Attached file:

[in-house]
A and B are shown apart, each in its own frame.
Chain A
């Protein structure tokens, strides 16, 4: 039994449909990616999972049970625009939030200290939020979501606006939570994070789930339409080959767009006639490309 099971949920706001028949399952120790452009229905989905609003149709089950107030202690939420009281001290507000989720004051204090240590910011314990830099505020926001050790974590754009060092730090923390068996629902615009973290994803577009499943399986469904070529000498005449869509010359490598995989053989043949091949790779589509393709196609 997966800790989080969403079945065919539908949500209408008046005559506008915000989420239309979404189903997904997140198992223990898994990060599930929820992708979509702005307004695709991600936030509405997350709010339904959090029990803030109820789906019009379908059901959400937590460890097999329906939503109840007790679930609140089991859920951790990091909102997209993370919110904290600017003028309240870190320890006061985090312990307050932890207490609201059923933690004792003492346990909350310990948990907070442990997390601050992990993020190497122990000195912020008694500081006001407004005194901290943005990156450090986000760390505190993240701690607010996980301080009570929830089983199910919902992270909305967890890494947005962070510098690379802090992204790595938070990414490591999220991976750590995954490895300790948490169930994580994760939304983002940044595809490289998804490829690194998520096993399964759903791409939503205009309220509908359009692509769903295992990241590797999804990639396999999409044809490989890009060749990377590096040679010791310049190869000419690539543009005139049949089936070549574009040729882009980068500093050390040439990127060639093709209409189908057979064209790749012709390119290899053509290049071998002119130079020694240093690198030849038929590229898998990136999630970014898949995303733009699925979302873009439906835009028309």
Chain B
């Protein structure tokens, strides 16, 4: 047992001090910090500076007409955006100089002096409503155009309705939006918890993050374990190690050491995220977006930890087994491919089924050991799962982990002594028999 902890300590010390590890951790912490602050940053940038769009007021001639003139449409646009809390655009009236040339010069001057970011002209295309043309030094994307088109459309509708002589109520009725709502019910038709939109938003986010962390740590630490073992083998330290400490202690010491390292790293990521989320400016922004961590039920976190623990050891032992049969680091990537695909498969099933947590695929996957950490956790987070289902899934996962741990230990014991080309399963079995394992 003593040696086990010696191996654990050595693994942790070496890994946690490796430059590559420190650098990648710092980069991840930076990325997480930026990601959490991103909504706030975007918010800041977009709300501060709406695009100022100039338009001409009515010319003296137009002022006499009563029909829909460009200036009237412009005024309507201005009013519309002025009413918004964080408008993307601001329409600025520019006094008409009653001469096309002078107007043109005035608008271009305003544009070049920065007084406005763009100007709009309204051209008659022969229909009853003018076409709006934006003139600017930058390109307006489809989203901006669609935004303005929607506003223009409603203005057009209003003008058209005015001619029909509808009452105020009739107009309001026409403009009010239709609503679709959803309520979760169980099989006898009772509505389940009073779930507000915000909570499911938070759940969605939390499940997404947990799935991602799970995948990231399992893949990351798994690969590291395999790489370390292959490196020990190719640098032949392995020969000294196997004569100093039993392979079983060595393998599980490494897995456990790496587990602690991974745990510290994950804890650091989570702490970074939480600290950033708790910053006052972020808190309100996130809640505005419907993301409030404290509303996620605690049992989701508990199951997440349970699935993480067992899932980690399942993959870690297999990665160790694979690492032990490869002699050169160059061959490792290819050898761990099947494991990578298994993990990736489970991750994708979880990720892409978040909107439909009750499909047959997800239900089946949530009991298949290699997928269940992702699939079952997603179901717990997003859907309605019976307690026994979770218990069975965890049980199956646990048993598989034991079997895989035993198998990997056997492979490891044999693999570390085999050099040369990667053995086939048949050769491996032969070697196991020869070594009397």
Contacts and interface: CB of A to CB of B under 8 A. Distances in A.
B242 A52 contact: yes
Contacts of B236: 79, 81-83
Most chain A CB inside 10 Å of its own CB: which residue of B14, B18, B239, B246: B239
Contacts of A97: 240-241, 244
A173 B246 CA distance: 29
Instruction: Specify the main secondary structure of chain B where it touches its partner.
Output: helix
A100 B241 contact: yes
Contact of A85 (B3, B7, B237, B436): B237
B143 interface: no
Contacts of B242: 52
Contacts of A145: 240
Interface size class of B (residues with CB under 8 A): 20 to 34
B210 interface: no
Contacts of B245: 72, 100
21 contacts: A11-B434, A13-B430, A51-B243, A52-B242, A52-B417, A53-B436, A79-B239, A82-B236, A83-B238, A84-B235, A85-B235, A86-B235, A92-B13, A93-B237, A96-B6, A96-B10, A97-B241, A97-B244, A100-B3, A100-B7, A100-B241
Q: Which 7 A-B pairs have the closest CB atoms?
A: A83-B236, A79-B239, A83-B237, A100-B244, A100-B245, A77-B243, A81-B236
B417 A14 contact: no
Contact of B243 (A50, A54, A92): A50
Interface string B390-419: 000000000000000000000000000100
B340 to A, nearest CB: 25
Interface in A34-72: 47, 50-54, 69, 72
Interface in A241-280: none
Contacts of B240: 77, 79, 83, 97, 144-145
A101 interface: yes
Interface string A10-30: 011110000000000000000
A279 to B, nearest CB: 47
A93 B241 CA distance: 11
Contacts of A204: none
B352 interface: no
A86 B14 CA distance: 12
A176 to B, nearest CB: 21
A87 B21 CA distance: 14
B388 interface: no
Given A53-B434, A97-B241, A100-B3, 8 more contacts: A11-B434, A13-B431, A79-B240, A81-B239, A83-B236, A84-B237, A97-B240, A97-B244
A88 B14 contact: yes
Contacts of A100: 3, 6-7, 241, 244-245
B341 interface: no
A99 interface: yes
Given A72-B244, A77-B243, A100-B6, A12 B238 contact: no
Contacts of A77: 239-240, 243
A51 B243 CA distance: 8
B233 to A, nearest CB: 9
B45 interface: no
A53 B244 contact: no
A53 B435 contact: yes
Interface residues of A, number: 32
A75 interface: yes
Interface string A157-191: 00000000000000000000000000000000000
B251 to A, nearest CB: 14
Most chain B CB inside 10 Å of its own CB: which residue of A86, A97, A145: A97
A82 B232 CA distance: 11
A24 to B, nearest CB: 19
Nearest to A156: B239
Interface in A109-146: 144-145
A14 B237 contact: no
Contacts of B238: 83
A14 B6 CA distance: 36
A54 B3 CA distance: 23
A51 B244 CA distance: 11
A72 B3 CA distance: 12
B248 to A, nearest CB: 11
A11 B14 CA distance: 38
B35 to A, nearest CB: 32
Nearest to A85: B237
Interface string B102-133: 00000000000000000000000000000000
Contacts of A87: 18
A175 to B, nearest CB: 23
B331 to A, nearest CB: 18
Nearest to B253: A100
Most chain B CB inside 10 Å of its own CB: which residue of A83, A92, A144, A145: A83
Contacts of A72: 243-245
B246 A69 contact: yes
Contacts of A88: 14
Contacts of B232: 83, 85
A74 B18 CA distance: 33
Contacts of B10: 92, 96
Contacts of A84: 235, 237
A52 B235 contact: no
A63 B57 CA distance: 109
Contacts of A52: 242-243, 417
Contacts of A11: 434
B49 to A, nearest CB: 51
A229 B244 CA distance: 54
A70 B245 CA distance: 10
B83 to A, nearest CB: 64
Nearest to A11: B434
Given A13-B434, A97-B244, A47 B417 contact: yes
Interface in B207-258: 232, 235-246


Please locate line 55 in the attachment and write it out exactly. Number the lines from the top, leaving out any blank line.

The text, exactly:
Interface residues of A, number: 32